We begin the week with a round-up of some of the news stories from National Poetry Day.
Billboards go up Around the Country
The poet and former children’s laureate Michael Rosen was amongst the celebrities who took part in the celebrations for National Poetry Day on 7th October. In addition to the live event this year which took place digitally there were also some alive campaigns that featured parent poetry clubs, poetry sharing on social media and displays in bookshops.
Perhaps the biggest thing that happened however was a series of specially commissioned billboards that displayed poems by poets such as Caleb Femi, Imtiaz Dharker, and Warda Yassin. The billboards are situated at a number of different locations all over the country and each one features paper copies of the poem for people to take away to share with friends and family.
There was also a reception that took place at 10 Downing Street where 30 children were invited to recite poetry.
Members of the public were being asked to complete the phrase “I choose poetry because” and share their completed phrases on Twitter, Instagram and Tik Tok.
Whitefriargate in Hull is the inspiration behind “The Constant Parade” a new poem that was unveiled on the street as part of the city of Hull’s National Poetry Day celebration.
The poem is the work of the poet-in-residence Vicky Foster and looks at the rich history of the famous street and the long-standing role that it plays in the lives of the people who live and work nearby and also in the city as a whole. The poem was commissioned by Humber Mouth Literature Festival and Hull’s Hight Street Heritage Action Zone.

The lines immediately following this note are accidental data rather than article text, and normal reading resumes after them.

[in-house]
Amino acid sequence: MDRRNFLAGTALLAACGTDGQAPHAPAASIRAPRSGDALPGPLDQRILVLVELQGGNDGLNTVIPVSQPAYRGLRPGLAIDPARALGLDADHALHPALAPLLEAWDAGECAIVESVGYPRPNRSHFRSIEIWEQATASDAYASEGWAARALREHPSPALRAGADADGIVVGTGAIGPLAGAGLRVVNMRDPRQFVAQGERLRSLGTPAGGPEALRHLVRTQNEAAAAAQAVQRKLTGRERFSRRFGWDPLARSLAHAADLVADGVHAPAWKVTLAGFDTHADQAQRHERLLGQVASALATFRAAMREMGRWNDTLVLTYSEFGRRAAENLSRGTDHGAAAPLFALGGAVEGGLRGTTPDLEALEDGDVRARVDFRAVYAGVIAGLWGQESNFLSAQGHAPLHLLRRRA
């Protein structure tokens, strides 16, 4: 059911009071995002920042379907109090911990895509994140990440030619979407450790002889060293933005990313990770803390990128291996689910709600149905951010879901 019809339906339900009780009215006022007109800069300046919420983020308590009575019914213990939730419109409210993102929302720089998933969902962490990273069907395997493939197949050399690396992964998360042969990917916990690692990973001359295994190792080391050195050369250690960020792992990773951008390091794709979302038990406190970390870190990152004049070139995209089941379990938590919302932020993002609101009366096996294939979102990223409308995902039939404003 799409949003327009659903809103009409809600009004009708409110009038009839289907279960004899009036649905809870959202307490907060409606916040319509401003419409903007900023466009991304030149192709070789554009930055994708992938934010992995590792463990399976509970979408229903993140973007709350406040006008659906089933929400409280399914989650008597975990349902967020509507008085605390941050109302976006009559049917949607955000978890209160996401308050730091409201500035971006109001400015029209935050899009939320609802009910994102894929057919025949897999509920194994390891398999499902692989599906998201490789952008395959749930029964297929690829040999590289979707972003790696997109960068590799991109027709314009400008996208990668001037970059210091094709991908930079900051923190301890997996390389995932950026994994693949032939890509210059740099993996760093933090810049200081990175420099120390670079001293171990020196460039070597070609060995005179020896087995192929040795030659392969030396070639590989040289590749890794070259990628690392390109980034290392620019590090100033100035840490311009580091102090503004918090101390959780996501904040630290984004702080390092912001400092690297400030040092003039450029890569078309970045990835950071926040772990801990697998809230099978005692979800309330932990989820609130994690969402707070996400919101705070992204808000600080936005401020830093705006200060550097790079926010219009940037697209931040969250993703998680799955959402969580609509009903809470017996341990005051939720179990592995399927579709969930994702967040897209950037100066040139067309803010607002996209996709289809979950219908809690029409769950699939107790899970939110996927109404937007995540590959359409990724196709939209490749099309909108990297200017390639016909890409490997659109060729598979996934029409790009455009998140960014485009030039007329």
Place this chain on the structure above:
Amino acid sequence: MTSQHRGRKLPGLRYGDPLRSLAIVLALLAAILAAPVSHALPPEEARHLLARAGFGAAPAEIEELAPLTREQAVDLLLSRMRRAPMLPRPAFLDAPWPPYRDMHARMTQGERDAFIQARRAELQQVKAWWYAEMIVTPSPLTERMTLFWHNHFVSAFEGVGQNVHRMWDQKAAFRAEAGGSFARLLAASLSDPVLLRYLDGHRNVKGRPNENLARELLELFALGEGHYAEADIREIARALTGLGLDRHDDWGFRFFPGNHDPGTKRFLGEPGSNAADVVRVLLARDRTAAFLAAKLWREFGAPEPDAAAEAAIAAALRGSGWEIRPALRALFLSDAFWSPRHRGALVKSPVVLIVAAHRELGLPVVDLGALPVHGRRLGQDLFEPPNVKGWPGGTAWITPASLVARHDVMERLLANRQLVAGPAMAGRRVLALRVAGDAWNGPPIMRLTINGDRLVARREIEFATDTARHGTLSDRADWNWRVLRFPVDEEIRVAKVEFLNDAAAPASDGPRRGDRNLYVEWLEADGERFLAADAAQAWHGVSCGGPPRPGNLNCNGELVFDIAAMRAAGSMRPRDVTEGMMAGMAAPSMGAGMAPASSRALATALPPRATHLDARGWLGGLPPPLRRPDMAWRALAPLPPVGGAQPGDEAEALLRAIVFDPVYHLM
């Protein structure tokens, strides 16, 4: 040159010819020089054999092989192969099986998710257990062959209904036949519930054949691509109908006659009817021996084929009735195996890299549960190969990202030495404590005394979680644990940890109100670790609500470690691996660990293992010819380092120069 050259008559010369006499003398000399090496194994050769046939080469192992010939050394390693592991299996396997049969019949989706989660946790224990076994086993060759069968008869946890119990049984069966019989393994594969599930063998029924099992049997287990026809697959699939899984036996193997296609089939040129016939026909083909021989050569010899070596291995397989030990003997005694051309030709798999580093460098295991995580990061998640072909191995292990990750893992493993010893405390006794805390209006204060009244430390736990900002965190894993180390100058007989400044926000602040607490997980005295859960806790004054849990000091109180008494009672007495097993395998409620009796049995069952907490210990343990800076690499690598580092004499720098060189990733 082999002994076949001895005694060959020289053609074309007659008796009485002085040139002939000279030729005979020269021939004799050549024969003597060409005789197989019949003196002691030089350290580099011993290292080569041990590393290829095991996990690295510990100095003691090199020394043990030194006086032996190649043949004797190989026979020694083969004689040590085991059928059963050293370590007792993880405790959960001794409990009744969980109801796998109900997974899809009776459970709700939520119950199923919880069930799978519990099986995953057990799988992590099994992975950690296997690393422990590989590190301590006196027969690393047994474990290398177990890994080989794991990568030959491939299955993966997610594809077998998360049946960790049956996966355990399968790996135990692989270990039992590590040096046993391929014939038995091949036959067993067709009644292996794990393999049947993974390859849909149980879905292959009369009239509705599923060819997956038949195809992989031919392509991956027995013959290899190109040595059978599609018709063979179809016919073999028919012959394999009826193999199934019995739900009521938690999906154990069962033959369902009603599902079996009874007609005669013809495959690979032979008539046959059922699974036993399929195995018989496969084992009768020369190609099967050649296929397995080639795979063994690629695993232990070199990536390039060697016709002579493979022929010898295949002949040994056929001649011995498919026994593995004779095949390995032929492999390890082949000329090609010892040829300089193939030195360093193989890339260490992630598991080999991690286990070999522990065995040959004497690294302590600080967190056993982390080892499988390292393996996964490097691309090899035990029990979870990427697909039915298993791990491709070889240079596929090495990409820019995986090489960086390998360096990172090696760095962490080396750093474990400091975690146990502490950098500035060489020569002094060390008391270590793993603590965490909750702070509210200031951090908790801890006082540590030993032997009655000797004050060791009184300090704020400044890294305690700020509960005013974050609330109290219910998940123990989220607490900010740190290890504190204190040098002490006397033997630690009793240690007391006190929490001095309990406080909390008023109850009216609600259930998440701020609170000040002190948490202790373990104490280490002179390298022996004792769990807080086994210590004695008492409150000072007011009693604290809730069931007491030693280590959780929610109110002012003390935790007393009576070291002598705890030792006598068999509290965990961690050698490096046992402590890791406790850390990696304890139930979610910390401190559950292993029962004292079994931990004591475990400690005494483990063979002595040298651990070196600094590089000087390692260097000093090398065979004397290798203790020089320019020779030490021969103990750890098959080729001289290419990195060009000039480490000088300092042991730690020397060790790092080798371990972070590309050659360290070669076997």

The poem can be seen in six different locations where it has been recreated with stencils on the pavement for the occasion. Wrecking Ball Press has also released two short films for National Poetry Day, one of which is Foster reading her poem, the other is her talking about the inspiration for the poem.
Greatest Poem Ever Written
A nationwide survey commissioned for National Poetry Day has revealed that “Shall I compare thee to a summer’s day” sonnet 18 by William Shakespeare is the poem that the nation considered to be the greatest one ever written. It received 18% of the vote.
10% of the vote when to “Daffodils” by William Wordsworth which is often referred to as “I wandered lonely as a cloud. The third place was taken by Edgar Allen Poe for “The Raven” a narrative poem written in 1845, and Rudyard Kipling’s “If”
Whilst the top spots on the list were taken by older poems there were a few more modern ones as well with “Dis Poetry” by Benjamin Zephaniah reaching the number 17 spot on the list.
In what has become something of a tradition both Prince Charles and Camilla, Duchess of Cornwall both took to Twitter on National Poetry Day with a reading of a specially chosen poem.
HRH Prince Charles chose William Wordsworth’s “Ode: Imitations of Immortality” whilst his wife opted for “Night Mail” by W.H Auden.